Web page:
Mysterious blast at Turkey’s Syrian border
Was it the Syrian intelligence behind the Feb. 11 bombing in the waiting section of Turkey’s Cilvegözü border gate with Syria, which left 14 recorded dead (so far) and dozens wounded? Or was it Turkish or Kurdish armed groups manipulated by the Bashar al-Assad regime in Damascus? Could it be one of the Jihadist groups in relation to al-Qaeda or Al Nusra for example?
There are other questions still lingering regarding how the bombing was carried out. Was the bombed car coming in or going out of Turkey? Turkish Interior Minister Muammer Güler said that the security cameras clearly showed the car came from Syria and parked at the border gate while two of its passengers returned to the Syrian side and another proceeded to passport control and entered Turkey, possibly with a fake passport. Who were they? Members of a delegation of the main opposition Republican People’s Party (CHP) who visited the destroyed border gate like the interior minister and two other cabinet members did, say they also wanted to watch the security video to be sure the bomb-laden car had indeed came from the Syrian side. That demand, they say was to clarify the claims the car could have been carrying bombs from the Turkish side to the Syrian side; which could turn the picture upside down. While recalling that the government had announced the Cilvegözü gate had been closed since July 21, 2012, CHP leader Kemal Kılıçdaroğlu put all the responsibility on the government. Prime Minister Tayyip Erdoğan on the other hand, admitted in his address to the ruling Justice and Development (AK Parti) group that the car had arrived in Turkey from the Syrian side unchecked; with no security control.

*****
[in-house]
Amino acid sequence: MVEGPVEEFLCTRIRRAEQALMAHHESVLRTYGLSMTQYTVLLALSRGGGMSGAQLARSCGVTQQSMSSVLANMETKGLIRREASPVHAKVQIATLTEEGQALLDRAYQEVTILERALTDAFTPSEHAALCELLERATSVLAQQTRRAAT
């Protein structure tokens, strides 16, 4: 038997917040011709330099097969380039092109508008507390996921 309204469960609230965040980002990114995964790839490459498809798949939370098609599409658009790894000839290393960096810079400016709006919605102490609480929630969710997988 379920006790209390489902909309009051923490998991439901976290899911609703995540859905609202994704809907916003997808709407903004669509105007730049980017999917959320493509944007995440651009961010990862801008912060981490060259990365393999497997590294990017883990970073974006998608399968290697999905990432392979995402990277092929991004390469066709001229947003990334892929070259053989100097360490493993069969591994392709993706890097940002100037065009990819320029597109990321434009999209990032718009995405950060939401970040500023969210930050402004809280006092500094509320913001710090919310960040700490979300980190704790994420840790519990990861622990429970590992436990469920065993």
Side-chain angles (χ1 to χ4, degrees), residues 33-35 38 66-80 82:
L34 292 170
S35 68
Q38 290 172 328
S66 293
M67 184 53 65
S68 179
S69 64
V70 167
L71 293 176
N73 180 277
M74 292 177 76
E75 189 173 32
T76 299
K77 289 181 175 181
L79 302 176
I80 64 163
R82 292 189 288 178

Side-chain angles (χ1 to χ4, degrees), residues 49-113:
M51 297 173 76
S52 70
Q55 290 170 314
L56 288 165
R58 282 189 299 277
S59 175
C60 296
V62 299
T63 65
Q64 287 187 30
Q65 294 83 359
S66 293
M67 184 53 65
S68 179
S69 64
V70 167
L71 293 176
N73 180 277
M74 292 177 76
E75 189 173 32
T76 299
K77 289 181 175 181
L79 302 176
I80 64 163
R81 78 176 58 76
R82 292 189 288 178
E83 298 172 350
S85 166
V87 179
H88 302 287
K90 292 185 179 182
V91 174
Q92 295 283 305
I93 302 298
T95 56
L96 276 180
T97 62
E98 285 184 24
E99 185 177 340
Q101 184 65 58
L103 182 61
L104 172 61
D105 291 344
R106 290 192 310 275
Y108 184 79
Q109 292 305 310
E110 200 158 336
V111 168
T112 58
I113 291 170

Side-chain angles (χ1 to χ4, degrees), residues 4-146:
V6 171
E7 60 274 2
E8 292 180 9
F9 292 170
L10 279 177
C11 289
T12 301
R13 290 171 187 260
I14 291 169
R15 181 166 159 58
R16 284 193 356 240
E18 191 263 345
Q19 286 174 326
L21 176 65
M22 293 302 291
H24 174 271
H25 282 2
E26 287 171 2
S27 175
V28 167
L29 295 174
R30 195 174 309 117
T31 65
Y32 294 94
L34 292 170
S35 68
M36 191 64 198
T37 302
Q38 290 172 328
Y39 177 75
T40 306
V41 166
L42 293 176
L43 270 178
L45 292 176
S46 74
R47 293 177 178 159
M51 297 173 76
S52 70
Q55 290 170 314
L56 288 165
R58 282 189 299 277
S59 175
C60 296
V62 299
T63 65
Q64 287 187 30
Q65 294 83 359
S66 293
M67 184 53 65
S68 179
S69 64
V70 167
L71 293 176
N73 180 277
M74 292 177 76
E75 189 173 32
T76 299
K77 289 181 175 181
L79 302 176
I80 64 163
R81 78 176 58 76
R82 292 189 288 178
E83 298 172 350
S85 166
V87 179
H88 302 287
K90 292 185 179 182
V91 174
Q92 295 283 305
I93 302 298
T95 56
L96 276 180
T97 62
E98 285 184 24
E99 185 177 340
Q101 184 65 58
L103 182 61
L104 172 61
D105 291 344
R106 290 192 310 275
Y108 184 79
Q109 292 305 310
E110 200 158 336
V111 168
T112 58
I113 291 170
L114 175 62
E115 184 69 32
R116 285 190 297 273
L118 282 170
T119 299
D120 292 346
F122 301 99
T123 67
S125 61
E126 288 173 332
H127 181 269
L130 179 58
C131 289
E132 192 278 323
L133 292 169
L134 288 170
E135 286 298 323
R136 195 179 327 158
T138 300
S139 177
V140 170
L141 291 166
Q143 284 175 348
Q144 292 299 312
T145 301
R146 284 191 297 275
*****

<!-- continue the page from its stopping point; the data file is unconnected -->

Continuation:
On the other side of the border the area has been under the control of the Free Syrian Army for nearly a year now, not in the hands of the official Syrian Army. The Syrian National Coalition spokesman George Sabra said the bomb was planted by forces loyal to al-Assad and was aimed at them. He said in an Istanbul press conference yesterday that they were on way back from a coalition meeting in Aleppo, Syria with a delegation of 13 in a van similar to the one next to the exploded car and had they not taken longer than necessary to pray during the journey they would not have been saved from the blast. He asked the Turkish government and the whole world to see the ‘truth’ and take a more active position.
Turkish security units are working hard to find out what has actually happened. A crime scene investigation was still going on by evening of Feb. 12 as the Hürriyet Daily News was sent to print. It is not clear yet who did it, but the bombing has shown one thing clearly: that Turkey’s border with Syria is vulnerable to terrorist penetrations and attacks. The bombing might cause Ankara to take extra measures and fine tune its Syria policy.